It is obvious that the human mind has been divided in this way from the fact that people are able to pretend, to flatter, to be hypocritical, or to playact. They can agree with what someone else is saying and nevertheless view it as ridiculous. They do the former in their lower mind, the latter in their higher one.

from True Christianity, Section 420

Loving Our Neighbor Is Not in Fact Loving Person but Loving the Goodness That Is inside the Person (Continued)

People who love what is good because it is good and love what is true because it is true have supreme love for their neighbor, because they love the Lord who is goodness itself and truth itself. Love for goodness, love for truth, and love for our neighbor come from nowhere else. Love for our neighbor, then, has a heavenly origin.

It is the same thing whether you say “goodness” or “usefulness.” Therefore doing good things is doing useful things. The amount and quality of usefulness that a given good thing has determines the amount and quality of its goodness.

from True Christianity, Section 419

Loving Our Neighbor Is Not in Fact Loving Person but Loving the Goodness That Is inside the Person (Continued)

The reason goodness is our neighbor is that goodness belongs to our will and the will is the underlying reality of our life. Truth is our neighbor, too, but only to the extent that it emanates from something good in our will. Goodness that belongs to the will takes shape in our intellect and visibly presents itself there in the light of reason.

All our experience shows that goodness is our neighbor. We love people for the quality of their will and intellect, that is, the goodness and justness in them. For example, we love monarchs, princes, generals, officials, consuls, civic leaders, and judges for the judgment they show in their words and actions. We love church leaders, ministers, and their assistants for their knowledge, integrity of life, and passion for the well-being of souls. We love army generals and commanders under them for their fortitude and prudence. We love retailers for their honesty. We love workers and servants for their faithfulness. For that matter, we love a given species of tree for its fruit; the soil for its level of fertility; a stone for its preciousness; and so on.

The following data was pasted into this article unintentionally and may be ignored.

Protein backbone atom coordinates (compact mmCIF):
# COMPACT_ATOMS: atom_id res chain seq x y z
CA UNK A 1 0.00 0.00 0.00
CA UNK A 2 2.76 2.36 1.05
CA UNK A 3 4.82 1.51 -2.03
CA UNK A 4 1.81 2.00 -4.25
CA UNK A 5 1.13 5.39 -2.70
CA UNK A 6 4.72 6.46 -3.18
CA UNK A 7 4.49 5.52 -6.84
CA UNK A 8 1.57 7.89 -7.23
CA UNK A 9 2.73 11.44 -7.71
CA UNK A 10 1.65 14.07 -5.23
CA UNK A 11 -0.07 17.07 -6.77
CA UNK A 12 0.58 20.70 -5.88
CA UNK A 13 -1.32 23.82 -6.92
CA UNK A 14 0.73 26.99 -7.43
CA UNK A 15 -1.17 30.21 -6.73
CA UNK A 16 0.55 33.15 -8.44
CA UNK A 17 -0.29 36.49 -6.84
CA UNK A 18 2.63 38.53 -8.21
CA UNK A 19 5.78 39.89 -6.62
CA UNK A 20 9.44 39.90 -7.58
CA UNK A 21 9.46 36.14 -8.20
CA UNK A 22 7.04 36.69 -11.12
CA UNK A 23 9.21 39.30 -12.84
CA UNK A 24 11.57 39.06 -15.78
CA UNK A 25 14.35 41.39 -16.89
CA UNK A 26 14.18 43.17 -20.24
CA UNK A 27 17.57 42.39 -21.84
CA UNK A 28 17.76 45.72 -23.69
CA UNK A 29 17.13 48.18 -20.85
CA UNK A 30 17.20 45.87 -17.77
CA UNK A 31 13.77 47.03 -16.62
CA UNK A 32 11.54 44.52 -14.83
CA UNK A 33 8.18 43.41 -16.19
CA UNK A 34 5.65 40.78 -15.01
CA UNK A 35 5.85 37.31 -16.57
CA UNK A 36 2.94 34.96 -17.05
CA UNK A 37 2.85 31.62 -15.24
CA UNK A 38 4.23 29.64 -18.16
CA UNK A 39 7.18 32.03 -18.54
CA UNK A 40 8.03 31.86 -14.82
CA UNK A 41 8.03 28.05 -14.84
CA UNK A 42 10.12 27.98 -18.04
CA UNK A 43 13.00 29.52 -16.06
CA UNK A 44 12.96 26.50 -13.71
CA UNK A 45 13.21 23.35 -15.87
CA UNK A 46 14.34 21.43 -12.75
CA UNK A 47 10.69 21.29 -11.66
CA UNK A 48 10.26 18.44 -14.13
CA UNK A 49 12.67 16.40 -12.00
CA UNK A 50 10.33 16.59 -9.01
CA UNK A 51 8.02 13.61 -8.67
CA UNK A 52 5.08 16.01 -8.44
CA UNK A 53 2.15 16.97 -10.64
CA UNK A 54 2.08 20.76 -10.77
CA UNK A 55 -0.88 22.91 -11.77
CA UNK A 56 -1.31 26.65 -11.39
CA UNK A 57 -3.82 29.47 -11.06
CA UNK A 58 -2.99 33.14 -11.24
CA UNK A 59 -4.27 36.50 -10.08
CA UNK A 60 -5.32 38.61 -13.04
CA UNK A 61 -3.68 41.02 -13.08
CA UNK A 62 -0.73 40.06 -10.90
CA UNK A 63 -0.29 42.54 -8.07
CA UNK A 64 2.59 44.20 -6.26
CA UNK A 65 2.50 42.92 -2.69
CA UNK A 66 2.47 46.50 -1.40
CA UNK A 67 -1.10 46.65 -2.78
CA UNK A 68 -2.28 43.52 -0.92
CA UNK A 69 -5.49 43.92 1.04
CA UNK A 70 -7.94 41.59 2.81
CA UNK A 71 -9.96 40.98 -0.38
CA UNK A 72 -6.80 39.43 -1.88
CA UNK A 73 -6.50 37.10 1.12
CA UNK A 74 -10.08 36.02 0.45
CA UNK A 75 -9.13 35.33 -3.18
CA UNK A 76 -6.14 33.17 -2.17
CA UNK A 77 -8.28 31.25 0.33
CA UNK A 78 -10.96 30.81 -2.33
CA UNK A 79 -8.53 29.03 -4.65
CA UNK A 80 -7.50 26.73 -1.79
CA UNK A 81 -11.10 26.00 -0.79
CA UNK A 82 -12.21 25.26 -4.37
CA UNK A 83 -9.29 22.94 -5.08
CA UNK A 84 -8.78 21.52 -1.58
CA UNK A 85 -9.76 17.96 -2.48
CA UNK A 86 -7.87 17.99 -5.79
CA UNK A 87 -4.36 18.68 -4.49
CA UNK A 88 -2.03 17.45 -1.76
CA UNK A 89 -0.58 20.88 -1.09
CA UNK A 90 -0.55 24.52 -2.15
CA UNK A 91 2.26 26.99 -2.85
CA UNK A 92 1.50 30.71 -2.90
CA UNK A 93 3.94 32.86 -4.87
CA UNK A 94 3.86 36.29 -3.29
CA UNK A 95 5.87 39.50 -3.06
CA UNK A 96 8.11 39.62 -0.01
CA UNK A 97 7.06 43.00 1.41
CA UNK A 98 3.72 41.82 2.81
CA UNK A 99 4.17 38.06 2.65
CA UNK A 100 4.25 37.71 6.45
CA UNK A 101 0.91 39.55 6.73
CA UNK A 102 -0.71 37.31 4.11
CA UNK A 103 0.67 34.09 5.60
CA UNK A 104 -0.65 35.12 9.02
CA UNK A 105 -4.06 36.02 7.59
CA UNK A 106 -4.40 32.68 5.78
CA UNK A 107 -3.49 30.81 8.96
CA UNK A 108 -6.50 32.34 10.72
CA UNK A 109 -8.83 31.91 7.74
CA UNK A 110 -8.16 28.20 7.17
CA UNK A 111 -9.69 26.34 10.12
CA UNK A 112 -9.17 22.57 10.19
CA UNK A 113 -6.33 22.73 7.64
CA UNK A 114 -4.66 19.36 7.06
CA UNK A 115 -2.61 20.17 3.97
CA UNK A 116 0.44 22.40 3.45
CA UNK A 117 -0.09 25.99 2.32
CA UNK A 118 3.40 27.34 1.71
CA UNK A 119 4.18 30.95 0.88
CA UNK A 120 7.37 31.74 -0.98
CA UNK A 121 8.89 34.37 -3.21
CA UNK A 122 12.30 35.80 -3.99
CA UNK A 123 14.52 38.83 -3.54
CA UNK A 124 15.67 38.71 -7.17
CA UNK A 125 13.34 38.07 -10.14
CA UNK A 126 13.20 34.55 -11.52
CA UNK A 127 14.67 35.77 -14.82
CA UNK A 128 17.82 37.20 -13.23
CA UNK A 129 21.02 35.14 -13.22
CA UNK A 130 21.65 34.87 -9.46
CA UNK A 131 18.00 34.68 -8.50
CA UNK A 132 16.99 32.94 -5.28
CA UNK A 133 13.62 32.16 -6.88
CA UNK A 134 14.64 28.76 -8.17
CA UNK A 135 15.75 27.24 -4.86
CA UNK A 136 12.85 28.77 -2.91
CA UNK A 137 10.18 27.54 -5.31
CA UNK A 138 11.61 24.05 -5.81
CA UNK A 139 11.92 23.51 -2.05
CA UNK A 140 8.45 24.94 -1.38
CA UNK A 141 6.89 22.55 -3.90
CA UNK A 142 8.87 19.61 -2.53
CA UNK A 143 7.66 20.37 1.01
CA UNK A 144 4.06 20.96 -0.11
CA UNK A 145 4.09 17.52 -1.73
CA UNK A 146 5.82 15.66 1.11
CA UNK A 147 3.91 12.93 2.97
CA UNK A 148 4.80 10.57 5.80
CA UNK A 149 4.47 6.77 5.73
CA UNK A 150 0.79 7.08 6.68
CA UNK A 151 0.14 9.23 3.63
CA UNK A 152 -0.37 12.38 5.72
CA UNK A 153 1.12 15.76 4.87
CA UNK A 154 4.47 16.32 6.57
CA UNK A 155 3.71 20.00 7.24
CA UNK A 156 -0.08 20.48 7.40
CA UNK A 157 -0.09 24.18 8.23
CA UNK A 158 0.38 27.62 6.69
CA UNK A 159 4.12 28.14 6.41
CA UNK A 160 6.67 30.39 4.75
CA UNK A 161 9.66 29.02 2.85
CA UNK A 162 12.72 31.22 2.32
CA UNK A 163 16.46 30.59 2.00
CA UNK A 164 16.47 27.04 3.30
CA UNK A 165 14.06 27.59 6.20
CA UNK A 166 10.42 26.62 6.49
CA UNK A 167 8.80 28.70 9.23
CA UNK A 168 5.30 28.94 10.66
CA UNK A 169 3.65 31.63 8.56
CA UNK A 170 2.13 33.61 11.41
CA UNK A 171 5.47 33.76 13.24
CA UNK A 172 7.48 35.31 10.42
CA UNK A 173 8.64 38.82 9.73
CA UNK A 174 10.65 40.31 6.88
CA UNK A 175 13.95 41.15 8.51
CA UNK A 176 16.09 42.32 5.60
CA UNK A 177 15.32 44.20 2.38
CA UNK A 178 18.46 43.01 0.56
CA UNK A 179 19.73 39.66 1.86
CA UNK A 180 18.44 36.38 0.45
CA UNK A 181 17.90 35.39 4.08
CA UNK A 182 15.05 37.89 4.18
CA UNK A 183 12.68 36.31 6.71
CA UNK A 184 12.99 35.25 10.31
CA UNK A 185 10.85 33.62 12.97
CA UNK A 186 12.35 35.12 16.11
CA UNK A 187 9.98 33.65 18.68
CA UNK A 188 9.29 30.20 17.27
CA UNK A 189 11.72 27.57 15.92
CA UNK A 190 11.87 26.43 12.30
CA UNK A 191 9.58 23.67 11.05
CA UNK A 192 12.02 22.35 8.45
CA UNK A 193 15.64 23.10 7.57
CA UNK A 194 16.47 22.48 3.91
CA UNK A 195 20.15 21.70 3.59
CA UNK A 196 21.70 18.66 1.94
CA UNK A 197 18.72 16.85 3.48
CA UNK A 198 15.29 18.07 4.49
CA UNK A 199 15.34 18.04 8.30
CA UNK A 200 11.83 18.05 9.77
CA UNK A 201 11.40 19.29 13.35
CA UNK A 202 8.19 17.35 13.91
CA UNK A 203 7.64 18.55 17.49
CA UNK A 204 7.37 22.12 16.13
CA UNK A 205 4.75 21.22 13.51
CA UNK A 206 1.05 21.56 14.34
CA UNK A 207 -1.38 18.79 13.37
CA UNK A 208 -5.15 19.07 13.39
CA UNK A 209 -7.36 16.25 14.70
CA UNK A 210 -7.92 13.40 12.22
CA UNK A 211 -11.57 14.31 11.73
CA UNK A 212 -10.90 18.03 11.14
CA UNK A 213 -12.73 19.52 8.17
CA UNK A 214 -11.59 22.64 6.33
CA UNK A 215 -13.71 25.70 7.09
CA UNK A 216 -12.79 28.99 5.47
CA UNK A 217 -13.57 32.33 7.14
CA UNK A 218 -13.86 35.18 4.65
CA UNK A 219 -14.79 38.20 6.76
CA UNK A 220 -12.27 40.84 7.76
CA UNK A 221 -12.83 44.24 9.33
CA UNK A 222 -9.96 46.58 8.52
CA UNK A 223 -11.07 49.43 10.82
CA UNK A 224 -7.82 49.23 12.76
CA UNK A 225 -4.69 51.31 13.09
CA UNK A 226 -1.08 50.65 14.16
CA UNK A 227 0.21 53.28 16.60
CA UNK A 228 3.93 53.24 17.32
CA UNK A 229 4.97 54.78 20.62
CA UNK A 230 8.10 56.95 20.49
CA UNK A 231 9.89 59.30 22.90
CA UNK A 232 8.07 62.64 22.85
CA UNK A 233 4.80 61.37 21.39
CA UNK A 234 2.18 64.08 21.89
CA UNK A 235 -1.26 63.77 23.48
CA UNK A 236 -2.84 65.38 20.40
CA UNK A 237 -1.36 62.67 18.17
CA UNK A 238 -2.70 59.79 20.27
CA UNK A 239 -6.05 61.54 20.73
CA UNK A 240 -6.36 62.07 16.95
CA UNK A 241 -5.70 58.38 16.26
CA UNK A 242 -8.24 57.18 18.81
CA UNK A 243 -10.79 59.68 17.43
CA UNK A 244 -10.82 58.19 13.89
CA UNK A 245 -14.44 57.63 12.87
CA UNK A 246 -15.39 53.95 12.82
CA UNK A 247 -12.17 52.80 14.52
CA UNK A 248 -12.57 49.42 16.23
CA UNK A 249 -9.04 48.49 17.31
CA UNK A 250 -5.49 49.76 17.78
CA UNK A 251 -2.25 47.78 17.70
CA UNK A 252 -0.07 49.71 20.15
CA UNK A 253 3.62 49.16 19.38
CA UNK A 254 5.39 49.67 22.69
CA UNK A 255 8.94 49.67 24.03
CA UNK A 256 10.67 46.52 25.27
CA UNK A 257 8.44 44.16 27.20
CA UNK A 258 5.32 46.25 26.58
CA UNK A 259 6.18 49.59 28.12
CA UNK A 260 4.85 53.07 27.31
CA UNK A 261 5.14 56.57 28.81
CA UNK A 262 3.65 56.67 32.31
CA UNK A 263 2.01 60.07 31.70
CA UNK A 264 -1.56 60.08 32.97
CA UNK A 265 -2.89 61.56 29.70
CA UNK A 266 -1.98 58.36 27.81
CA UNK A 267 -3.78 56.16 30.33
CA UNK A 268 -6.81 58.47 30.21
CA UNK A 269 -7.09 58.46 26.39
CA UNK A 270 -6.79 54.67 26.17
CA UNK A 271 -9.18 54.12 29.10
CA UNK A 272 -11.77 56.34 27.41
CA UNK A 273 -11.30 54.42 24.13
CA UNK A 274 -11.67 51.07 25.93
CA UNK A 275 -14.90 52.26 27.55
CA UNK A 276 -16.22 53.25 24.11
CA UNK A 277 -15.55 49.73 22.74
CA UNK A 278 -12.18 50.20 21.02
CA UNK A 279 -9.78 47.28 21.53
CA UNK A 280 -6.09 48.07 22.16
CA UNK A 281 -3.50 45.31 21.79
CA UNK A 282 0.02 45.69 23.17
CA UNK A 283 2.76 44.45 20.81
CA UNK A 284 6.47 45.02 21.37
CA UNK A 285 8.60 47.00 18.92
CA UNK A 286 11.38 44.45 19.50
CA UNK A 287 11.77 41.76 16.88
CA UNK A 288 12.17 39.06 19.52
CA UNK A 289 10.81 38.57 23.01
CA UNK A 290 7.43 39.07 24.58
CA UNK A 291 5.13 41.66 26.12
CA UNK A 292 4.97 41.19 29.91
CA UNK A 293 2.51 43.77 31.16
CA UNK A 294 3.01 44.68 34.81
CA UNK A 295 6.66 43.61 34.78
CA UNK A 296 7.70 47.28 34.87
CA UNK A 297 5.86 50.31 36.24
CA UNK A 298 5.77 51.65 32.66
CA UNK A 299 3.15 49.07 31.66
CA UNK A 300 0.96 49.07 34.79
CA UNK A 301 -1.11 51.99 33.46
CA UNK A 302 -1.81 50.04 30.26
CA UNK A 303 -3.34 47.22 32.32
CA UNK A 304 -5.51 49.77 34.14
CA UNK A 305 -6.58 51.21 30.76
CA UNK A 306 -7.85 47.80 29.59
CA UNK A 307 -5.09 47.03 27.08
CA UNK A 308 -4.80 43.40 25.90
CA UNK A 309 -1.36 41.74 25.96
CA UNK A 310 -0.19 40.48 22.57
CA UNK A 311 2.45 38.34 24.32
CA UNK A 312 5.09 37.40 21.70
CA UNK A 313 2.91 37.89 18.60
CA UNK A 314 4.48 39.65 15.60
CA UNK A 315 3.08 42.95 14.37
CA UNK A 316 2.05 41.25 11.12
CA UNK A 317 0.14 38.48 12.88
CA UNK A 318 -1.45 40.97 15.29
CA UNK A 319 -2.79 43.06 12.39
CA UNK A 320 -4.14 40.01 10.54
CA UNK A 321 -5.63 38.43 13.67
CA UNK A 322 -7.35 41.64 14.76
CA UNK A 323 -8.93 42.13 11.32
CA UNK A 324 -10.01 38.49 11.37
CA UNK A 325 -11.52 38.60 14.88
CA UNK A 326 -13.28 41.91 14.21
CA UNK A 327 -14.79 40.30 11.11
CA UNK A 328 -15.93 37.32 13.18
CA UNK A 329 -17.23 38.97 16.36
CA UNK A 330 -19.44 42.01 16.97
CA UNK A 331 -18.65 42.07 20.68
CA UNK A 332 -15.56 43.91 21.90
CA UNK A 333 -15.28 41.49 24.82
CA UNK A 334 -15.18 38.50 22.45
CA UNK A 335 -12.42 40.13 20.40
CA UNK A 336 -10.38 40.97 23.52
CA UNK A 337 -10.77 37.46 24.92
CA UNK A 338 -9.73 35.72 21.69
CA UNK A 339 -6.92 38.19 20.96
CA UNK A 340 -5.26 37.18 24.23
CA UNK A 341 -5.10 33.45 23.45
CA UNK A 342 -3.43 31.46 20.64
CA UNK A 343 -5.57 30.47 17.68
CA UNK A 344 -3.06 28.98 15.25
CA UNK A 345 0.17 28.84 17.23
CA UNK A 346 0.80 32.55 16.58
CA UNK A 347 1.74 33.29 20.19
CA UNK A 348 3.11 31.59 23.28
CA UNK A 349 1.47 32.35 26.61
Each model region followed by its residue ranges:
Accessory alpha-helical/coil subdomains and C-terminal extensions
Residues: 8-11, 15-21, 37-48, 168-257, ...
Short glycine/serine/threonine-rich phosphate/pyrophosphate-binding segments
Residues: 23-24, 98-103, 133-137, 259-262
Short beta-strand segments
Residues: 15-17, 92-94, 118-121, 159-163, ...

Strange as it may seem, it is not just honest people who love goodness and justness in others. Dishonest people do too, because they do not fear losing reputation, respect, or wealth at the hands of honest people. The love that dishonest people have for goodness is not love for their neighbor, however–dishonest people do not inwardly love any others outside themselves unless those others serve them somehow.

Loving goodness in another person from goodness in ourselves is genuine love for our neighbor. In that situation the two goodnesses embrace and form a partnership.

from True Christianity, Section 418

Loving Our Neighbor Is Not in Fact Loving Person but Loving the Goodness That Is inside the Person

Surely everyone knows that people are not people because they have a human face and body–they are people because they have wisdom in their intellect and goodness in their will. The higher the quality of this wisdom and goodness, the more human the people are.

When people are born they are more brutish than any animal. They become human through being instructed. If they are responsive to the instruction, a mind forms within them. People are human because of their mind, depending on its particular nature.

There are animals that have faces that are close to human, but they have no faculty for higher understanding or for taking any action on the basis of that understanding. They act on an instinct that is activated by their earthly love. One difference between animals and people is that animals express in sound the feelings belonging to their love, while people speak their feelings as transferred into thought. Animals turn their faces downward and look at the ground, while people look at the sky in all directions, their faces lifted up.